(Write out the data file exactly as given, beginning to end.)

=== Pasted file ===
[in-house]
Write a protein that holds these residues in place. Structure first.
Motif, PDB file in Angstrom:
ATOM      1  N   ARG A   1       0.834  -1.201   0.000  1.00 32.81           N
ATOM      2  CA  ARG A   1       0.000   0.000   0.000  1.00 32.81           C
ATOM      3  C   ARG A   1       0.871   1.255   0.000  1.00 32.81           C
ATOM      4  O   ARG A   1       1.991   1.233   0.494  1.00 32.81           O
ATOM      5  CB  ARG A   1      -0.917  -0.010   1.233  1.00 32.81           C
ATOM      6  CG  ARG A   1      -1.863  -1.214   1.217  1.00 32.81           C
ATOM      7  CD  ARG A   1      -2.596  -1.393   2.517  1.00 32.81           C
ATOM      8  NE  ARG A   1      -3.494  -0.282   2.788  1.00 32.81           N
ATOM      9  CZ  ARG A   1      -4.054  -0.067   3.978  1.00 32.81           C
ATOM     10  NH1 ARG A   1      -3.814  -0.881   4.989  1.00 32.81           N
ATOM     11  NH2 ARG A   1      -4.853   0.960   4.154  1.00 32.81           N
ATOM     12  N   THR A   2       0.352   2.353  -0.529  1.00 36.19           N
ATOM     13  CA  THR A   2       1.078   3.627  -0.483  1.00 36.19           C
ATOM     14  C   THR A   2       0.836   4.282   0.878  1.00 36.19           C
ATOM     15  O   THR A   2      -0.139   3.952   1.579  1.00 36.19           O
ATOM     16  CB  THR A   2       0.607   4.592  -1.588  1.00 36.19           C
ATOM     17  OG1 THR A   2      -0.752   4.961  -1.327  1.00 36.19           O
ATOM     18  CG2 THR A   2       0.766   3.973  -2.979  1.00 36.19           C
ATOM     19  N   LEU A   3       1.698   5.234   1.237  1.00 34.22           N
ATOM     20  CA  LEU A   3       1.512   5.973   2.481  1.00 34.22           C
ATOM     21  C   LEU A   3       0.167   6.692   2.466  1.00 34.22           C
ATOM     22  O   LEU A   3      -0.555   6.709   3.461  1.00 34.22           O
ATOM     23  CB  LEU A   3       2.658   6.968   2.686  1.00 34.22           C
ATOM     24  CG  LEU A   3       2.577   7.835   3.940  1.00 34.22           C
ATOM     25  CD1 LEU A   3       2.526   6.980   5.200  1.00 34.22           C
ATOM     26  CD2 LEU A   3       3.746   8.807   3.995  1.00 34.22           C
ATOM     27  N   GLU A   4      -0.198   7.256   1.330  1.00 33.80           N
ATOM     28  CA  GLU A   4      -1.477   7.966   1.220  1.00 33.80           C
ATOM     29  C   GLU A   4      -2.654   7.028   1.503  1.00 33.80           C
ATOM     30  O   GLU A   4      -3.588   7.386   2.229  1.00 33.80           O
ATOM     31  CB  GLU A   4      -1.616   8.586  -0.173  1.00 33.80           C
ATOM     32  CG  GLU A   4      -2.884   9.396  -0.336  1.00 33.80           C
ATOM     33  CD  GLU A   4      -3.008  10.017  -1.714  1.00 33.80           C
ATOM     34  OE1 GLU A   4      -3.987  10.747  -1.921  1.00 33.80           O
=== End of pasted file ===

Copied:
[in-house]
Write a protein that holds these residues in place. Structure first.
Motif, PDB file in Angstrom:
ATOM      1  N   ARG A   1       0.834  -1.201   0.000  1.00 32.81           N
ATOM      2  CA  ARG A   1       0.000   0.000   0.000  1.00 32.81           C
ATOM      3  C   ARG A   1       0.871   1.255   0.000  1.00 32.81           C
ATOM      4  O   ARG A   1       1.991   1.233   0.494  1.00 32.81           O
ATOM      5  CB  ARG A   1      -0.917  -0.010   1.233  1.00 32.81           C
ATOM      6  CG  ARG A   1      -1.863  -1.214   1.217  1.00 32.81           C
ATOM      7  CD  ARG A   1      -2.596  -1.393   2.517  1.00 32.81           C
ATOM      8  NE  ARG A   1      -3.494  -0.282   2.788  1.00 32.81           N
ATOM      9  CZ  ARG A   1      -4.054  -0.067   3.978  1.00 32.81           C
ATOM     10  NH1 ARG A   1      -3.814  -0.881   4.989  1.00 32.81           N
ATOM     11  NH2 ARG A   1      -4.853   0.960   4.154  1.00 32.81           N
ATOM     12  N   THR A   2       0.352   2.353  -0.529  1.00 36.19           N
ATOM     13  CA  THR A   2       1.078   3.627  -0.483  1.00 36.19           C
ATOM     14  C   THR A   2       0.836   4.282   0.878  1.00 36.19           C
ATOM     15  O   THR A   2      -0.139   3.952   1.579  1.00 36.19           O
ATOM     16  CB  THR A   2       0.607   4.592  -1.588  1.00 36.19           C
ATOM     17  OG1 THR A   2      -0.752   4.961  -1.327  1.00 36.19           O
ATOM     18  CG2 THR A   2       0.766   3.973  -2.979  1.00 36.19           C
ATOM     19  N   LEU A   3       1.698   5.234   1.237  1.00 34.22           N
ATOM     20  CA  LEU A   3       1.512   5.973   2.481  1.00 34.22           C
ATOM     21  C   LEU A   3       0.167   6.692   2.466  1.00 34.22           C
ATOM     22  O   LEU A   3      -0.555   6.709   3.461  1.00 34.22           O
ATOM     23  CB  LEU A   3       2.658   6.968   2.686  1.00 34.22           C
ATOM     24  CG  LEU A   3       2.577   7.835   3.940  1.00 34.22           C
ATOM     25  CD1 LEU A   3       2.526   6.980   5.200  1.00 34.22           C
ATOM     26  CD2 LEU A   3       3.746   8.807   3.995  1.00 34.22           C
ATOM     27  N   GLU A   4      -0.198   7.256   1.330  1.00 33.80           N
ATOM     28  CA  GLU A   4      -1.477   7.966   1.220  1.00 33.80           C
ATOM     29  C   GLU A   4      -2.654   7.028   1.503  1.00 33.80           C
ATOM     30  O   GLU A   4      -3.588   7.386   2.229  1.00 33.80           O
ATOM     31  CB  GLU A   4      -1.616   8.586  -0.173  1.00 33.80           C
ATOM     32  CG  GLU A   4      -2.884   9.396  -0.336  1.00 33.80           C
ATOM     33  CD  GLU A   4      -3.008  10.017  -1.714  1.00 33.80           C
ATOM     34  OE1 GLU A   4      -3.987  10.747  -1.921  1.00 33.80           O